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David Gauntlett
Entrepreneurship Series: expert-comment

Q&A with Professor David Gauntlett

An interview with Cass Innovate 2017's keynote speaker.

by Kyla Jardine (Senior Communications Officer)

We spoke to David Gauntlett, one of Cass Innovate's keynote speakers about innovation and entrepreneurship - two key themes at this year's conference.

David is Professor of Creativity and Design, and Director of Research, at Westminster School of Media, Arts and Design, University of Westminster.

He has made a number of popular online resources, videos and playthings, and has pioneered creative research and workshop methods. He is an external examiner for Information Experience Design at the Royal College of Art, London.

David has worked with a number of the world’s leading creative organisations, including the BBC, the British Library, and Tate. For 12 years he has worked with LEGO on innovation in creativity, play and learning.

How would you define innovation? And, how is your organisation supporting and leading innovation?

Innovation is about doing things different and better, which results from having generated some good ideas, and communicated them simply and clearly. So organisationally it is important to give people the space to develop their own passions – because all good things come from personal quests – and then to help people to communicate about them and to develop worthwhile applications of them.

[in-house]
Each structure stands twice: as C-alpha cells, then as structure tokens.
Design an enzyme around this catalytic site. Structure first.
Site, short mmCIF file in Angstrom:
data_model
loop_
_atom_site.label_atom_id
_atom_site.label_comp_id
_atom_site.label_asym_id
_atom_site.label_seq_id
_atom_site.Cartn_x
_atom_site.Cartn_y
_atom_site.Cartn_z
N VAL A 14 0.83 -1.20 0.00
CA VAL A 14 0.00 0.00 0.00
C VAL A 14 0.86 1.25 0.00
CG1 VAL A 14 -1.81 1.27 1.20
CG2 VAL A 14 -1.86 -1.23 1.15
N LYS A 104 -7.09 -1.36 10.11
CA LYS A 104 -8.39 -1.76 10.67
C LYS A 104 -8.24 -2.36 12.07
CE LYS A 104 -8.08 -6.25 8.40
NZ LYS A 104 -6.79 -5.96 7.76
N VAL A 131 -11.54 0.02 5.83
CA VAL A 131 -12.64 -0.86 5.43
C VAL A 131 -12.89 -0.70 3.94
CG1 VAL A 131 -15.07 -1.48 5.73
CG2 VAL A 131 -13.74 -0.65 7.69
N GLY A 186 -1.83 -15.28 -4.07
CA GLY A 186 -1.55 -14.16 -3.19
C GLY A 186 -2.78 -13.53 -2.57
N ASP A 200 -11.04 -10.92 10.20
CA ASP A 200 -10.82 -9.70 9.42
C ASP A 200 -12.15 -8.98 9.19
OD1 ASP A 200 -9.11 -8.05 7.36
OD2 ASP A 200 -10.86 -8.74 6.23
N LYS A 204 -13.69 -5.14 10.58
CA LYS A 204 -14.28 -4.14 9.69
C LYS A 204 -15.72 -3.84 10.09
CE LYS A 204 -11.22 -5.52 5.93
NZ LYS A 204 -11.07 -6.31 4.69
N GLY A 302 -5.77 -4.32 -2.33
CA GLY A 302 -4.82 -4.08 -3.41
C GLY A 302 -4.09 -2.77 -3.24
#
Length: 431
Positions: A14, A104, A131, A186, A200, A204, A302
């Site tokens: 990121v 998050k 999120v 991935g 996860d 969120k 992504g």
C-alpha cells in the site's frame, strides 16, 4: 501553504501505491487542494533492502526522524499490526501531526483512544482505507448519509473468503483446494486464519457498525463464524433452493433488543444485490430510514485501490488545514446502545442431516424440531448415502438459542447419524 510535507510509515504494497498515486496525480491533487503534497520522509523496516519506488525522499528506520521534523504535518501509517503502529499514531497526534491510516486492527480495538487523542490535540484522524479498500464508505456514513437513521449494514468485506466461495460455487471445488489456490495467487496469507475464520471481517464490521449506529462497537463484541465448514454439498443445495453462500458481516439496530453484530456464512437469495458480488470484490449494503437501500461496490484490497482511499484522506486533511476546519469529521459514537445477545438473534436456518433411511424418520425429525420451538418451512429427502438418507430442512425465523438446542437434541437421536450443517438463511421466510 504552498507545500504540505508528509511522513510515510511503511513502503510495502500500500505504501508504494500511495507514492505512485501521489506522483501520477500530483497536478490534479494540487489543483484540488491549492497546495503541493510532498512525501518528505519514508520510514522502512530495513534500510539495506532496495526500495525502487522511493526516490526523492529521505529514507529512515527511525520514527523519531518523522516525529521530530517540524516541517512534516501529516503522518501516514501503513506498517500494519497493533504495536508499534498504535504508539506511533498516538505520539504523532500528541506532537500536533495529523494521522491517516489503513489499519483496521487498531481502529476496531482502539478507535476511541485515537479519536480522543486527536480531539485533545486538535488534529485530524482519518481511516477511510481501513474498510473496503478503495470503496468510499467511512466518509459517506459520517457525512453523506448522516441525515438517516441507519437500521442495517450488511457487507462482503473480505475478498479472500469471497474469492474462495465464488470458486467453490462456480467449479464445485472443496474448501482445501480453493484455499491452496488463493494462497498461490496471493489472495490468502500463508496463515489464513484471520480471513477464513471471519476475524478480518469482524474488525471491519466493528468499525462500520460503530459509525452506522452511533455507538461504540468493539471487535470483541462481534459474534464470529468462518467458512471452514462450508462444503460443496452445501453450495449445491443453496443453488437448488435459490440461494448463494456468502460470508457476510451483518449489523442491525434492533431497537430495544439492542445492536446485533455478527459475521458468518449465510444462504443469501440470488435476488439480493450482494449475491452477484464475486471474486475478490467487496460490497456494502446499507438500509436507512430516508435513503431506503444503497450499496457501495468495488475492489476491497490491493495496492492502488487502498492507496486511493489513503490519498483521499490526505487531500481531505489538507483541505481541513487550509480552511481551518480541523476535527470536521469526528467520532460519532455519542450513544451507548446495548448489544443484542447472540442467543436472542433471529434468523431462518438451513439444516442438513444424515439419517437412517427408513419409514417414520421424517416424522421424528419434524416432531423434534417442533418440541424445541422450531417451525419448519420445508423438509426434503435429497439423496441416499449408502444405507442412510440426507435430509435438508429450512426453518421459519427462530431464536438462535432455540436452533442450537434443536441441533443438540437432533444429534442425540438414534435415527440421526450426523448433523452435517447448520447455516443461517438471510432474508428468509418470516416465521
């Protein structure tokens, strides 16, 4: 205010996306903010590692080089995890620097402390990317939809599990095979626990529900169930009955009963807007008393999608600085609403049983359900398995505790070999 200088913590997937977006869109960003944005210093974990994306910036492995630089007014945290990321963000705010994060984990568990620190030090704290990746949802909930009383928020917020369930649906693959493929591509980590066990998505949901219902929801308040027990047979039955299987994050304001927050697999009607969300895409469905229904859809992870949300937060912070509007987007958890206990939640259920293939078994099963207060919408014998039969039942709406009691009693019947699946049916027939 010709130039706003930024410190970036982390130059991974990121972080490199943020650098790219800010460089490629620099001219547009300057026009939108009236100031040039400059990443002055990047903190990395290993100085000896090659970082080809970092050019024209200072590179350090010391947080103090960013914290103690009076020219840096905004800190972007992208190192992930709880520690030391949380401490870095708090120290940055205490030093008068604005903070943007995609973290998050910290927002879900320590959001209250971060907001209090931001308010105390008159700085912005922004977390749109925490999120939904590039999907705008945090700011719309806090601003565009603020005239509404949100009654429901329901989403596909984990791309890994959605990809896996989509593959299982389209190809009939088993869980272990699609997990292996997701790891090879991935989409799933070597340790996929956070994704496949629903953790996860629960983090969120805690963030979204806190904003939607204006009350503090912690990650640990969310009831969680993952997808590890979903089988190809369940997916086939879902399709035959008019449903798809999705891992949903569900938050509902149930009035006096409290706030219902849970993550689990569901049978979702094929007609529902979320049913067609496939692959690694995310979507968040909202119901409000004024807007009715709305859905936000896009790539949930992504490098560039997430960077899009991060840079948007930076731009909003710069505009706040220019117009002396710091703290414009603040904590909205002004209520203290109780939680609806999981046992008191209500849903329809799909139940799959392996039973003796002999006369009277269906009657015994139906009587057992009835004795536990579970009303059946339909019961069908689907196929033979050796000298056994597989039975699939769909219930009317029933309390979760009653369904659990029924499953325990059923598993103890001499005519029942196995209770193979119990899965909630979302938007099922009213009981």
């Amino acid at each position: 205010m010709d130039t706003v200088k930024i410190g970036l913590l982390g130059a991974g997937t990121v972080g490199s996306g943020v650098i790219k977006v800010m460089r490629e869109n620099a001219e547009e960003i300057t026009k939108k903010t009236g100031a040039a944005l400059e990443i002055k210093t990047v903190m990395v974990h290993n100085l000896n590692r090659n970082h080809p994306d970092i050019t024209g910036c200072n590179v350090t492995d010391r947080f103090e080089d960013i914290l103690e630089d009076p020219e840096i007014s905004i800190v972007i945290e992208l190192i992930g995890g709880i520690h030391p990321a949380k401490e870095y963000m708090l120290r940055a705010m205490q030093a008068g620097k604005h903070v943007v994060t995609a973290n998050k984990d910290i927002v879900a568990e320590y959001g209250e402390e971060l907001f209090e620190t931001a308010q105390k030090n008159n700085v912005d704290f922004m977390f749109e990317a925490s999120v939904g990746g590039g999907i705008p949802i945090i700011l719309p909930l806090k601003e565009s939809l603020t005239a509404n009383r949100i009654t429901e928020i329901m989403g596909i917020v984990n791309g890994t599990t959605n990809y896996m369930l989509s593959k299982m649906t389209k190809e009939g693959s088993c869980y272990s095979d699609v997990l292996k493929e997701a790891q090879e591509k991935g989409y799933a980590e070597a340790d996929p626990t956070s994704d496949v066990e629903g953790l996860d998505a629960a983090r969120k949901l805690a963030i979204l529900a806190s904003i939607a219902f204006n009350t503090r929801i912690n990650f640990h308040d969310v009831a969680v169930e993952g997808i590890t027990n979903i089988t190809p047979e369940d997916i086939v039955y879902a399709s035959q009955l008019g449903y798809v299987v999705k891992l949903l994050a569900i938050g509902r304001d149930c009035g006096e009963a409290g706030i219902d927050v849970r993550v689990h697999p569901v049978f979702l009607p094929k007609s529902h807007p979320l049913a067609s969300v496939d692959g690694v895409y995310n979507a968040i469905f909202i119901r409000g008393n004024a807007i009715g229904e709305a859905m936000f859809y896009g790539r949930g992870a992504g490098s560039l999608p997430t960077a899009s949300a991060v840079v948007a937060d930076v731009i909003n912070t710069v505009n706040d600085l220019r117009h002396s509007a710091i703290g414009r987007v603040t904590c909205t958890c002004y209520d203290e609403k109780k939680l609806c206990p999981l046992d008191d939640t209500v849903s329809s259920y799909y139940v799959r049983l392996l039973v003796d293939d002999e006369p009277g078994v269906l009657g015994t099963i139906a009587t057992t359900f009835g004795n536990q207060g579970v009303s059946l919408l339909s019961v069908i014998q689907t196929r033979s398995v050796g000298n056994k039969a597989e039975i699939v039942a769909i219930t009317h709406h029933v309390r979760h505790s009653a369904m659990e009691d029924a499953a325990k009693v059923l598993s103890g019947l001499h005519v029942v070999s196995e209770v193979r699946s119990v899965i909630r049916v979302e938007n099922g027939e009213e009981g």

What do you look for in an innovator?

Broad interests, ability to connect up different things, and clear communication. Plus a sense of fun.

What are the challenges of being an entrepreneur?

First, starting up. Then, keeping going. Also, knowing when to stop. In all these things you benefit enormously from mentors, supporters and friends.

What do you wish you had learned at school to make your innovation/entrepreneurship journey easier?

When school was boring, I learned to muck about creatively with my friends. So that was quite good, because school was often quite boring. But the new model where a small number of cool schools make it so that the lessons themselves are all about mucking about with your friends to solve creative and real-world challenges, well that’s mind-blowing, and obviously sounds quite inappropriate.

If you could have given yourself advice 10 years ago, what would it be?

10 years ago I already knew the value of diverse faraway connections, so my advice would be much more local. I would say, "There are amazing things happening within your own building that you have no idea about – go for a walk along unexpected corridors and see what turns up."

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